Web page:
of your system and it will carry a very large current potential. This
allows you to run all your appliances.
Next, go and start up your generator and carry out the same tests as above.
You should see that both, what are known as live and neutral, are showing
half of the rated voltage to earth, that it is said to supply. This is
because an AC generator works on the principle of each phase being 180
degrees out of phase with the other, therefore, it supplies + phase on one
side and - phase on the other, and the phases alternate between supplying +
and - of the supply at the rated hertz frequency of the generator.
There is no neutral / earth potential from a generator and it must be
properly connected to the AC supply system, when and if the load has any
capacitative loads, i.e. televisions, IF filters in appliances, etc. etc.
Please be careful if you intend to use a generator as a backup supply for
your domestic system.
An isolation transfomer only works by bringing in different tapps on a
transfomer to supply an increasing current load. It is nothing fancy and
sure won't help in the situation of supplying a domestic AC electrical
Ok, did the tests, and as I expected, you were right!
The next question, what can I do about this? - My generator seems to satisfy
all four of my UPS'
A small standby
a larger Line interactive
and two online large units (35KG jobbies!)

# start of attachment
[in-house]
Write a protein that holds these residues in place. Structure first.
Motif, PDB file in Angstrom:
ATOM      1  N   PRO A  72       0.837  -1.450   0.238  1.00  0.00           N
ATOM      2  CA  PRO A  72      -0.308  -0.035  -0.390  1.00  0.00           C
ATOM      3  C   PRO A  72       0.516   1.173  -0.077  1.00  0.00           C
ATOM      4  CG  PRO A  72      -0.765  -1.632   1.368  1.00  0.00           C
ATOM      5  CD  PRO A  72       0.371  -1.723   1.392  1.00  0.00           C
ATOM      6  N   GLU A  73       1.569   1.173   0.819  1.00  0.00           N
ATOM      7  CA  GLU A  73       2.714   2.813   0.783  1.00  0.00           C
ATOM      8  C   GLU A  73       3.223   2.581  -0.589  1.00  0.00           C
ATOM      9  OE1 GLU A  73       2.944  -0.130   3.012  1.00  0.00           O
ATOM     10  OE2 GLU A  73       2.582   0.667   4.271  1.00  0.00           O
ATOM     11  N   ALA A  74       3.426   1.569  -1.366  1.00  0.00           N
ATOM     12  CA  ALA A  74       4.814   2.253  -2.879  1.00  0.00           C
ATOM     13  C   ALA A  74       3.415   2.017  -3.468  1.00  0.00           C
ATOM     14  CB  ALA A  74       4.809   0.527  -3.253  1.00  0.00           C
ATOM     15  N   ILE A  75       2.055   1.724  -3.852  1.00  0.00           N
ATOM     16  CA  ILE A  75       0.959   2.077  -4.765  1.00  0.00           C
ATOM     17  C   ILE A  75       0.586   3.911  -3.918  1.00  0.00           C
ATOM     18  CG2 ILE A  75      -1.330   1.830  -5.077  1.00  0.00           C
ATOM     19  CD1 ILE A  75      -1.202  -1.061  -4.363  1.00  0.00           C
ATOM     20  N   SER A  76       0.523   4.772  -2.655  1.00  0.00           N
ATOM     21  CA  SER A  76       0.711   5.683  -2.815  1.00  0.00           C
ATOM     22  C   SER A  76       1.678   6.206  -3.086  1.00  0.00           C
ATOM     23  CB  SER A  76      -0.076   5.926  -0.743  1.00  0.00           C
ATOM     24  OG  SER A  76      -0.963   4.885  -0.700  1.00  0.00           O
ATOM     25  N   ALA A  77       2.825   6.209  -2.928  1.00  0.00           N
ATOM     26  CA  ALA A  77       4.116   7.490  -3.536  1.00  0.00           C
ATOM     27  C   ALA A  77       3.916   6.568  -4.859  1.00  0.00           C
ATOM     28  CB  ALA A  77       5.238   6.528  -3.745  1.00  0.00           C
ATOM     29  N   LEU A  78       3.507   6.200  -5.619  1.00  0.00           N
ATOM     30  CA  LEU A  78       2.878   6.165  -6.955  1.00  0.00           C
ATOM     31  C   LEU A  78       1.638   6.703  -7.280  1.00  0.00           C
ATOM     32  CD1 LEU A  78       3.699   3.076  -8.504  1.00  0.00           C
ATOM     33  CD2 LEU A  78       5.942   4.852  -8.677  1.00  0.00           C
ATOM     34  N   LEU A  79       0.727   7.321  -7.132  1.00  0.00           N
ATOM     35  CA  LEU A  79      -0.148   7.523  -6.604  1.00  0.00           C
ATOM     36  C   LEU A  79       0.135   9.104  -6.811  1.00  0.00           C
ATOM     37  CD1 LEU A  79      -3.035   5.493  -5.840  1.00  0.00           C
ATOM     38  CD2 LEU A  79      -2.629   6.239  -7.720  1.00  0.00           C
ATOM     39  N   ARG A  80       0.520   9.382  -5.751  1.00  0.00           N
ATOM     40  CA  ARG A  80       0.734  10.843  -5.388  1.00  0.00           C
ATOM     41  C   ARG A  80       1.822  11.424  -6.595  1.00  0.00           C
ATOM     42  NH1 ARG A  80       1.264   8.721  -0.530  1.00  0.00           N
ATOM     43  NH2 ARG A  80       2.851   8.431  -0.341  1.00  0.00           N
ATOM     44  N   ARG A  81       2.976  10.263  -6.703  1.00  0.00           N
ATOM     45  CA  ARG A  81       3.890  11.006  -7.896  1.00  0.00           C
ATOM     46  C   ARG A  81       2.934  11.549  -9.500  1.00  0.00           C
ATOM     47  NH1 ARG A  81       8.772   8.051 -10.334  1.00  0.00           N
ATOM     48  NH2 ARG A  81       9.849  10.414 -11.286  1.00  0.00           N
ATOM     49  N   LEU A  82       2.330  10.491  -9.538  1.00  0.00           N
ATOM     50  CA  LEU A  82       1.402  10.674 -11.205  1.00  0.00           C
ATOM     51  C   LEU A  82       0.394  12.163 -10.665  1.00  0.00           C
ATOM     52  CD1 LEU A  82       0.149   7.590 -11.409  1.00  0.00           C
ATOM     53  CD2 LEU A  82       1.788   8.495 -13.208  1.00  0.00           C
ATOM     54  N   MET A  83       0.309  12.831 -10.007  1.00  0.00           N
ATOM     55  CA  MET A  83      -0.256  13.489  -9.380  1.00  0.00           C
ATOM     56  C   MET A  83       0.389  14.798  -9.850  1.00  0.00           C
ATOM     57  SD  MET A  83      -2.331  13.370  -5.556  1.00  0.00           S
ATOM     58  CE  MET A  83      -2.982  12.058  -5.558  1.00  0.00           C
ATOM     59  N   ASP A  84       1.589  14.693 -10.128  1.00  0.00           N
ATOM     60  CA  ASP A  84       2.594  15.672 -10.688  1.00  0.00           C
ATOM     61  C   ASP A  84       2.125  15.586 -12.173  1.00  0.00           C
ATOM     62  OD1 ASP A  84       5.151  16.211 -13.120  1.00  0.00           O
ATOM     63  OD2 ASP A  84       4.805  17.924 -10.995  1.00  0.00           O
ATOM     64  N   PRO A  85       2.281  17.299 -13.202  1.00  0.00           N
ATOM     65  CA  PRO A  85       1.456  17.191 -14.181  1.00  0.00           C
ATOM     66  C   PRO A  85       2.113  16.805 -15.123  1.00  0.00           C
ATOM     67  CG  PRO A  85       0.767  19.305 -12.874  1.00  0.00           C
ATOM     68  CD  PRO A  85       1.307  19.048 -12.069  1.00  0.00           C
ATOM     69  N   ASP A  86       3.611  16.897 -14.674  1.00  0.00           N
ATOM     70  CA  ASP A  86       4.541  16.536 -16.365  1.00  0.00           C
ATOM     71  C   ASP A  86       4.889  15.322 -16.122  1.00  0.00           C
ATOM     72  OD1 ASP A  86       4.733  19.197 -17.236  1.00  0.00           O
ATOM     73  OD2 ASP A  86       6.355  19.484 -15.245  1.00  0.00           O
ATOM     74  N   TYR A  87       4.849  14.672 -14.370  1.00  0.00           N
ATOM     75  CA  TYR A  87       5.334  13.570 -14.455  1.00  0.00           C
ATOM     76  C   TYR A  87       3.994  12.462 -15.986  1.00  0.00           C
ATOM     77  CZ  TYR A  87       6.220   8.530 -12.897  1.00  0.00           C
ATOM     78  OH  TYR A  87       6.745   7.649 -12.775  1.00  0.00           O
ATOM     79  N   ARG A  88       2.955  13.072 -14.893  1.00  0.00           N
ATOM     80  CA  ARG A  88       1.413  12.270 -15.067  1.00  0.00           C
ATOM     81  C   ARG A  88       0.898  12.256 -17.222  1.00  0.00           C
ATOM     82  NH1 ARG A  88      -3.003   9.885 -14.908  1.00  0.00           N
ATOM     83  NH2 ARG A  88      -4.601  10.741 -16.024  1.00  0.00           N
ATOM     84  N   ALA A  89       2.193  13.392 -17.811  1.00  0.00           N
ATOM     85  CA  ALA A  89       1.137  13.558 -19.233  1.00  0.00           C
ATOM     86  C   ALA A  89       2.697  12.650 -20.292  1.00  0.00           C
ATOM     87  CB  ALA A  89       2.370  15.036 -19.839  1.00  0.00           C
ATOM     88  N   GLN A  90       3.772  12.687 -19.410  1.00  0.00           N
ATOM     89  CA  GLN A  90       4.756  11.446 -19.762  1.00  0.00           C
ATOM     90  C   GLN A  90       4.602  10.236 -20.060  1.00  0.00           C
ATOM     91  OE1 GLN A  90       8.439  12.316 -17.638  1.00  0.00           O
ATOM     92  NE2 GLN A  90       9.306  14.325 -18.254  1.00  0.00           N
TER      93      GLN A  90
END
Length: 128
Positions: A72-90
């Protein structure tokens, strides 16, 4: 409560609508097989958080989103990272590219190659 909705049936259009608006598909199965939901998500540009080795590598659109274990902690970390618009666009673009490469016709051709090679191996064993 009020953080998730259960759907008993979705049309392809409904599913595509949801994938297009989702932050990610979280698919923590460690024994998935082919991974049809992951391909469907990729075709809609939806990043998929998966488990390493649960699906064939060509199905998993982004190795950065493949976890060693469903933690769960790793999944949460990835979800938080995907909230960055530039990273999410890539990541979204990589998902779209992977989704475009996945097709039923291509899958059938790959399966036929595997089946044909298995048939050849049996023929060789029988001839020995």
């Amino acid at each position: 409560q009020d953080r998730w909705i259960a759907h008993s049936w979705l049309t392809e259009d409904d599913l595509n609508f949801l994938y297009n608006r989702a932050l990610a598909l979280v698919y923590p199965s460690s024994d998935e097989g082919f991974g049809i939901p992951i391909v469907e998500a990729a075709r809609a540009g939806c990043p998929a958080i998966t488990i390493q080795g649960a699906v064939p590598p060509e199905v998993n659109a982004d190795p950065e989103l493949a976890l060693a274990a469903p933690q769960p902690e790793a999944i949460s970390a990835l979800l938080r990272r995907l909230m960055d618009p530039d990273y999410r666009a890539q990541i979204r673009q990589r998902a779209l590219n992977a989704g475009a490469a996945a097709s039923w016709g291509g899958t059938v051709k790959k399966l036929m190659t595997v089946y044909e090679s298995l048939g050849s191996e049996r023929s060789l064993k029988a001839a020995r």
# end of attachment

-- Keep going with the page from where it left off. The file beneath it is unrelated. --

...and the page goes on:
How would I run things like TV's etc. from the generator without risking
causing them damage?
I watched the man change my electricity meter. When he took the fuse
out he put a plastic blanking plug in the live end of the fuse
receptacle. I'd have given a leg to have had one of those when I last
had my fuse out. There's something about a little shiny piece of metal
that can fry you in a heartbeat. anyway, he also took out the neutral
as well, if that's worthwhile knowing.
On the question of generators being used when mains failures occur,
these obviously aren't used indoors. No problem in a rural area, but
isn't noise a possible problem in built-up areas?
I'm assuming the genny would be running during evening/night time
I have put my generator in a box, with air forced through the box for
cooling (Large fan unit mounted on the side of the box) - This has reduced